While comic book characters have iconic pairings — Clark Kent and Lois Lane, Peter Parker and Mary-Jane Watson — these couples’ marital status rarely matters. It isn’t vital to Spider-Man stories that Pete and MJ be married, but they were for 20 years, and in a few more years, it will have been another 20 since 2007’s bizarre One More Day wiped their marriage from their shared history. (The main exception to the no-marriage rule seems to be characters built around family: Reed and Susan Richards of the Fantastic Four, or the found family DC’s Scott Free and Big Barda built their marriage on in the hell-world of Apokolips.) But the way Vision and Scarlet Witch’s marriage keeps coming up in stories about them underlines how defining the writers consider it. For many people, their relationship is a nightmare scenario: a marriage that’s swallowed them whole, leaving little else for the rest of the world to acknowledge.
Bride and Doom
Like most people who’ve been married can tell you, the moment that particular commitment is made, the world suddenly starts making assumptions. This is especially true in heteronormative relationships, which face implicit and explicit cultural pressure, both that the participants will assume specific gender roles, and that they’ll take place in familial traditions. There’s a well-choreographed dance to marriage in American culture, which makes it particularly uncomfortable when you don’t know the steps, or don’t care for them. The world’s perception of a married couple simply shifts, and they can’t do much about it.
In the Marvel comics, Wanda Maximoff has frequently been depicted as one of the most powerful beings alive, capable of rewriting reality itself with a whisper, or even a repressed, unarticulated desire. The world changes at her will, and to those around her, this makes her dangerous. The writers of stories like 2004’s Avengers Disassembled or 2005’s House of M limit her defining character beats to the artificial man she once loved, and the disastrous effects of her unmet desire for children. In the Marvel Universe, the Scarlet Witch is a loaded gun, and her marriage to Vision is the hand pulling back on the slide to feed a round into the chamber. She came to the dance, desperately tried to learn the steps, and got punished anyway.
Married comic book characters rarely stay married. Frequently, a wedding doesn’t even happen, in spite of months of teasing — Tom King’s 2016-2019 tenure on Batman was built around a romance with Catwoman that left the Dark Knight alone at the altar in an arc called The Wedding, and X-Men comics teased the wedding of Kitty Pryde and Colossus in 2017’s X-Men: Gold #30, only for cold feet to strike there too, ultimately leading to the surprise wedding of their friends Rogue and Gambit.
For the most part in comics, a marriage is just grist for the soap opera mill — best avoided for as long as possible, then indulged until a shakeup is needed. When it’s over, everyone tends to move on — sure, it happened, but so did a lot of things, up to and including a fatal visit from a genocidal purple man with an affinity for jewelry.
In this framework — the tradition of serial storytelling, which has little interest in endings — marriage is an obstacle, the closing off of narrative options when there’s a desperate need for them. It’s rarely celebrated or portrayed as the thing it actually is: not an ending, but a crucible, the beginning of a never-ending negotiation between individuals learning to navigate the world as a unit, supporting each other, but also respecting each other’s independence. It’s true: this is a dry expression of a dramatic and highly relatable experience, but imagine it with superpowers. Specifically, imagine it with The Vision and Scarlet Witch’s superpowers — a synthezoid who can become intangible at will, and a magic-wielder who can change the shape of the world.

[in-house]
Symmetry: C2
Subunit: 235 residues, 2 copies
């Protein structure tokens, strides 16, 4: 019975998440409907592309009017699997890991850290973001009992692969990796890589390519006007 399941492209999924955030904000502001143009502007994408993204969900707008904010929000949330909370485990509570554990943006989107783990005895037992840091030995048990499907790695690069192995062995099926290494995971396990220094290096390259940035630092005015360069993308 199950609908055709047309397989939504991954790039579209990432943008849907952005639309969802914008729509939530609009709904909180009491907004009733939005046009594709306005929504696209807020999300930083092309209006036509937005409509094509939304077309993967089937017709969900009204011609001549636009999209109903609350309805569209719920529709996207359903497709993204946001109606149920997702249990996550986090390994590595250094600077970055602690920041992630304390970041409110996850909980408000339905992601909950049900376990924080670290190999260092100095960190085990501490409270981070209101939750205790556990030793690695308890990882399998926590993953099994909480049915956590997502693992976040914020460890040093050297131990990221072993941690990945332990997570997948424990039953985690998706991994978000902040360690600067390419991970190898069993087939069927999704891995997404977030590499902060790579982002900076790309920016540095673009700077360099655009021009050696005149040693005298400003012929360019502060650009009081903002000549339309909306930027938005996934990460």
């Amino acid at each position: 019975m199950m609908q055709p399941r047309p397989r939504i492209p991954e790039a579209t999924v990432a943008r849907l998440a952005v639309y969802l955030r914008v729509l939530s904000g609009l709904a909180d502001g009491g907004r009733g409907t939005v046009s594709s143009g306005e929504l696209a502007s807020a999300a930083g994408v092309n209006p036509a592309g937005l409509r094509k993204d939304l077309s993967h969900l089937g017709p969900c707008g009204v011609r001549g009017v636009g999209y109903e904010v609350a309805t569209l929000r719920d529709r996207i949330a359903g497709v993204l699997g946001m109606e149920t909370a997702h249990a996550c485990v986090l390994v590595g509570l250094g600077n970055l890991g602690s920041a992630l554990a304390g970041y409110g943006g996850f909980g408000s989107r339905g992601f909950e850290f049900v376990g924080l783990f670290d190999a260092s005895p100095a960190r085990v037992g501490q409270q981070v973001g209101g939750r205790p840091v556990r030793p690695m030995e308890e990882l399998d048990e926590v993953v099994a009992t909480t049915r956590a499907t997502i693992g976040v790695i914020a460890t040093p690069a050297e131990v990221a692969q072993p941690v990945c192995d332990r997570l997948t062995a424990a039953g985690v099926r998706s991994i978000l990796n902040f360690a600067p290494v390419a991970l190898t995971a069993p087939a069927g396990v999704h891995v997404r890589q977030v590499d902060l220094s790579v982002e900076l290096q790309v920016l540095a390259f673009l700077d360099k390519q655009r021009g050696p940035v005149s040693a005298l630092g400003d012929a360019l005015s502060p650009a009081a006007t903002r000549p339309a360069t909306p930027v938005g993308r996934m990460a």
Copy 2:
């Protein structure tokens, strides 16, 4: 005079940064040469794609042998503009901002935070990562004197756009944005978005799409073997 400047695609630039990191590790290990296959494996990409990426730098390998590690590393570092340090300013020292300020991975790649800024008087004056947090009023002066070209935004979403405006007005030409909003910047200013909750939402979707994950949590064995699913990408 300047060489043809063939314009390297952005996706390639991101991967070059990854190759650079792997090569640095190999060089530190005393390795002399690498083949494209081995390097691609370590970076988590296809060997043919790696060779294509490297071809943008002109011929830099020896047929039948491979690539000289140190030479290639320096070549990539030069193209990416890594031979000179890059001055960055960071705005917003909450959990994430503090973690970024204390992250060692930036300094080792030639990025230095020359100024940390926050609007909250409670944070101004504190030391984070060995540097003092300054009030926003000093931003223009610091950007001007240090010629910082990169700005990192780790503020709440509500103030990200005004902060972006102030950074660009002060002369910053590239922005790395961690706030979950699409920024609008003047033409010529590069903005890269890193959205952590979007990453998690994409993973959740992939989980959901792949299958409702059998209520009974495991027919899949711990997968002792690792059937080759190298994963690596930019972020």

Through their comic book stories together, the Vision and Scarlet Witch don’t necessarily make a case for marriage as a focal point for superhero stories, even when their relationship takes on darkly poetic turns. They frequently lose themselves in each other, sometimes through their actions, and at other times through the machinations of writers unwilling to imagine a world where both characters have equal agency that would lead them beyond prescribed roles.
And here’s where there’s opportunity for a work like WandaVision to reconstruct a disastrously messy comic book marriage in ways that make sense for characters who audiences frankly don’t know on a particularly deep level. A good marriage can help define two people further, but so can a failed one — and given the way WandaVision is likely playing with viewers’ perception, there’s no guarantee any of this will work out. But the show could be a terrific opportunity to build a connection with these characters that’s unlike the glancing ones we’ve formed from the MCU’s busy, overstuffed movies.
Reading the comics won’t bring any clarity. It’s impossible to overstress how much the past execution around Wanda and Vision’s marriage has previously been a minefield of confounding and often sexist storytelling. One of Wanda’s most prominent stories involves her ultimately committing genocide, unstable at the end of a disastrous grief spiral because she couldn’t have children. They may have interesting-sounding histories, but even before WandaVision, they were stuck in an endless loop of classic sitcom tropes — where, ironically, a lot of our cultural ideas of marriage are reinforced.
This is where WandaVision’s conceit of a Pleasantville-style sitcom fantasy is most potent. By the end of the show’s first two episodes, Wanda and Vision’s TV-show life is simultaneously advancing from one decade of sitcom iconography to the next, and threatening to fall apart. Strange apparitions begin to poke holes in the integrity of their Nick-at-Nite world, and it’s clear they’re under observation — perhaps even imprisoned.
The possibilities of this show could allow for the most interesting turn in the half-century history of Wanda Maximoff and The Vision: a story where they’re in a sitcom marriage expressly because it’s a sham, a simplified version of an often messy, painful thing that’s ultimately more rewarding. Soon, the show’s bright illusion will have to collapse, and in its destruction, maybe WandaVision can construct a more complex portrait of two characters that love each other, by dissolving the best-known thing about them. What they had before did not work. Maybe the MCU can finally find something that does.